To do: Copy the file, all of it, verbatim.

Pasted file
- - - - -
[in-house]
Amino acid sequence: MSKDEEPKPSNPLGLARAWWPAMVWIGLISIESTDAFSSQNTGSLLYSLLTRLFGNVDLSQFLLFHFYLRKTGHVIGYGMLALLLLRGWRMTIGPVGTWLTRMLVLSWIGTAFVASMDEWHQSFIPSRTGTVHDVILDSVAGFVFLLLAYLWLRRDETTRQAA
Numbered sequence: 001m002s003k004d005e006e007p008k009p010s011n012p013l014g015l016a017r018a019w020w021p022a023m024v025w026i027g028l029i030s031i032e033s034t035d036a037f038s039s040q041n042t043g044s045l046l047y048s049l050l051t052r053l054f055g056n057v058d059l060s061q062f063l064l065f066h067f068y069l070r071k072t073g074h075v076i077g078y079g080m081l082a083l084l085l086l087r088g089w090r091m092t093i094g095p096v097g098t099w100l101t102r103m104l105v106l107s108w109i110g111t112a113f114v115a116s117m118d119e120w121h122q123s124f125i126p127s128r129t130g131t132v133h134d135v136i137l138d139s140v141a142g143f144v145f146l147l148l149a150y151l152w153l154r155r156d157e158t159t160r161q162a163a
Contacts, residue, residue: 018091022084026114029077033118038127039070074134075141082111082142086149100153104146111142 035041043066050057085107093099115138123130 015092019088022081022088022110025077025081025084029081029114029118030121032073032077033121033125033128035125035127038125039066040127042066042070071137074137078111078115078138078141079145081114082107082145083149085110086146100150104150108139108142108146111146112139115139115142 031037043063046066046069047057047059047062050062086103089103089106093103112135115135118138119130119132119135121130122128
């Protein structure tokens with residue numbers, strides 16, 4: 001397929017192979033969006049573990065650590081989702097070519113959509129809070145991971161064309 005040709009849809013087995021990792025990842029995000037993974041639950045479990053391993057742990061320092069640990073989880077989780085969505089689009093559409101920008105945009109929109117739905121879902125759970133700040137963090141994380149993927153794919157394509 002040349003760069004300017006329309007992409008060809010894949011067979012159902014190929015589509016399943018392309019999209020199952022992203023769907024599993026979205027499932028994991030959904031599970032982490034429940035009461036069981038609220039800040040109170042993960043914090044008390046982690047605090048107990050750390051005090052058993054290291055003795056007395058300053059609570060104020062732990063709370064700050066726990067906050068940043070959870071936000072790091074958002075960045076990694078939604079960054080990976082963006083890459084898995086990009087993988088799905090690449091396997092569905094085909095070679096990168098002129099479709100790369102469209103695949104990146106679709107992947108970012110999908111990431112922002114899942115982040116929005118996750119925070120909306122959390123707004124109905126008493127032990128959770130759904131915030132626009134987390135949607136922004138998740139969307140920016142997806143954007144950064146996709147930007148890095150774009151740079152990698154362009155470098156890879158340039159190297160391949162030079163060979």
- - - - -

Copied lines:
[in-house]
Amino acid sequence: MSKDEEPKPSNPLGLARAWWPAMVWIGLISIESTDAFSSQNTGSLLYSLLTRLFGNVDLSQFLLFHFYLRKTGHVIGYGMLALLLLRGWRMTIGPVGTWLTRMLVLSWIGTAFVASMDEWHQSFIPSRTGTVHDVILDSVAGFVFLLLAYLWLRRDETTRQAA
Numbered sequence: 001m002s003k004d005e006e007p008k009p010s011n012p013l014g015l016a017r018a019w020w021p022a023m024v025w026i027g028l029i030s031i032e033s034t035d036a037f038s039s040q041n042t043g044s045l046l047y048s049l050l051t052r053l054f055g056n057v058d059l060s061q062f063l064l065f066h067f068y069l070r071k072t073g074h075v076i077g078y079g080m081l082a083l084l085l086l087r088g089w090r091m092t093i094g095p096v097g098t099w100l101t102r103m104l105v106l107s108w109i110g111t112a113f114v115a116s117m118d119e120w121h122q123s124f125i126p127s128r129t130g131t132v133h134d135v136i137l138d139s140v141a142g143f144v145f146l147l148l149a150y151l152w153l154r155r156d157e158t159t160r161q162a163a
Contacts, residue, residue: 018091022084026114029077033118038127039070074134075141082111082142086149100153104146111142 035041043066050057085107093099115138123130 015092019088022081022088022110025077025081025084029081029114029118030121032073032077033121033125033128035125035127038125039066040127042066042070071137074137078111078115078138078141079145081114082107082145083149085110086146100150104150108139108142108146111146112139115139115142 031037043063046066046069047057047059047062050062086103089103089106093103112135115135118138119130119132119135121130122128
């Protein structure tokens with residue numbers, strides 16, 4: 001397929017192979033969006049573990065650590081989702097070519113959509129809070145991971161064309 005040709009849809013087995021990792025990842029995000037993974041639950045479990053391993057742990061320092069640990073989880077989780085969505089689009093559409101920008105945009109929109117739905121879902125759970133700040137963090141994380149993927153794919157394509 002040349003760069004300017006329309007992409008060809010894949011067979012159902014190929015589509016399943018392309019999209020199952022992203023769907024599993026979205027499932028994991030959904031599970032982490034429940035009461036069981038609220039800040040109170042993960043914090044008390046982690047605090048107990050750390051005090052058993054290291055003795056007395058300053059609570060104020062732990063709370064700050066726990067906050068940043070959870071936000072790091074958002075960045076990694078939604079960054080990976082963006083890459084898995086990009087993988088799905090690449091396997092569905094085909095070679096990168098002129099479709100790369102469209103695949104990146106679709107992947108970012110999908111990431112922002114899942115982040116929005118996750119925070120909306122959390123707004124109905126008493127032990128959770130759904131915030132626009134987390135949607136922004138998740139969307140920016142997806143954007144950064146996709147930007148890095150774009151740079152990698154362009155470098156890879158340039159190297160391949162030079163060979």